- 38. P a g e | 235 Prepared by R.Vijayakumar, B.Tech (CIVIL), CCET, Puducherry The method is the generalization of consistent deformation method. The method is the generalization of the slope deflection method. Different procedures are used for determinate and indeterminate structures The same procedure is used for both determinate and indeterminate structures. 24.Is it possible to develop the flexibility matrix for an unstable structure? In order to develop the flexibility matrix for a structure, it has to be stable and determinate. 25.What is the relationship between flexibility and stiffness matrix? The element stiffness matrix ‘k’ is the inverse of the element flexibility matrix ‘f’ and is given by f = 1/k or k = 1/f. 26.What are the types of structures that can be solved using stiffness matrix method? Structures such as simply supported, fixed beams and portal frames can be solved using stiffness matrix method. 27.Give the formula for the size of the global stiffness matrix. The size of the Global Stiffness Matrix (GSM) = number of nodes * degrees of freedom per node. 28.List the properties of the stiffness matrix. It is a square matrix and always it should be a square matrix. It is a symmetric matrix [𝑘] = [𝑘] 𝑇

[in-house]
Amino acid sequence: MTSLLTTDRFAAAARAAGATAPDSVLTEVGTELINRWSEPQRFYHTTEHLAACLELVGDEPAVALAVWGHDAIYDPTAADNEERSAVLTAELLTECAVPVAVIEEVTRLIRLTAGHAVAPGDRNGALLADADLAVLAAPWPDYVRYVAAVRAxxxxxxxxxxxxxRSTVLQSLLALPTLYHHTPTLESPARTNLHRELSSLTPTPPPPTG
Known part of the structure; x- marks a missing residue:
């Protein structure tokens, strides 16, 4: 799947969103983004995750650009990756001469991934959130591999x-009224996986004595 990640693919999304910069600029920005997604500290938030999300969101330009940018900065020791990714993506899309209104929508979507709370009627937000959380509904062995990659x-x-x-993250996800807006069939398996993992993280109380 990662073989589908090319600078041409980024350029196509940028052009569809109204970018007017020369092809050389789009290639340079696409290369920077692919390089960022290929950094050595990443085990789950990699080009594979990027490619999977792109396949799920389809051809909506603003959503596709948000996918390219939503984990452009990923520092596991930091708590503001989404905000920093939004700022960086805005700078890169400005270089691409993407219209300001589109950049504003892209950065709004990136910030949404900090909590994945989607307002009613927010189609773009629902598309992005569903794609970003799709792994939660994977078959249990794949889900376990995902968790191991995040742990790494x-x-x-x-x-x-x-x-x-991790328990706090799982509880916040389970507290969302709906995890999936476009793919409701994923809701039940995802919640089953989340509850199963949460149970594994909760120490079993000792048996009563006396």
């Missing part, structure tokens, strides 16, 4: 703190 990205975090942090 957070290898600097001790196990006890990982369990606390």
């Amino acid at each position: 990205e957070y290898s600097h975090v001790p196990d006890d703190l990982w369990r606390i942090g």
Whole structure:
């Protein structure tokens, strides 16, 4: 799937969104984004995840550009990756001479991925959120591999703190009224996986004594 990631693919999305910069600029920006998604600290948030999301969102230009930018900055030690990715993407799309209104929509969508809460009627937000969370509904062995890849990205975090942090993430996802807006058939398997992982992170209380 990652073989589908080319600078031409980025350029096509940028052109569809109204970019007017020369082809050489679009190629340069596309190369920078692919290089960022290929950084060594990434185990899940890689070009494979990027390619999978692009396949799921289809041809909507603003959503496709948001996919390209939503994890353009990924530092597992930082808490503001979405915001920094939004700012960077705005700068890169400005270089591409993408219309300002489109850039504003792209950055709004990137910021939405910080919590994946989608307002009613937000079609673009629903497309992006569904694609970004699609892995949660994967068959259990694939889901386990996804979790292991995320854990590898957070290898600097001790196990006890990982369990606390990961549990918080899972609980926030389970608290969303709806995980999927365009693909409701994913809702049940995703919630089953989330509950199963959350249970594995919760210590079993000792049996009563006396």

- 39. P a g e | 236 Prepared by R.Vijayakumar, B.Tech (CIVIL), CCET, Puducherry The sum of elements in any column must be equal to zero. It is an unstable element therefore the determinant is equal to zero. The order of stiffness is equal to the number of co – ordinates. 29.List the properties of flexibility matrix. Flexibility matrix is a square matrix of order nd nd Flexibility matrix is a symmetrical matrix Elements of flexibility matrix may be positive or negative except leading diagonal element which is always positive Elements of flexibility matrix are displacements and they can be computed only if the structure is stable. If structure is unstable internally or externally, then displacements are indefinitely large and flexibility matrix does not exist. 30.Why the stiffness matrix method is also called equilibrium method or displacement method? Stiffness method is based on the superposition of displacements and hence is also known as the displacement method. And since it leads to the equilibrium equations the method is also known as equilibrium method. 31.Define a primary structure. A structure formed by the removing the excess or redundant restraints from an indeterminate structure making it statically determinate is called primary structure. This is required for solving indeterminate structures by flexibility matrix method.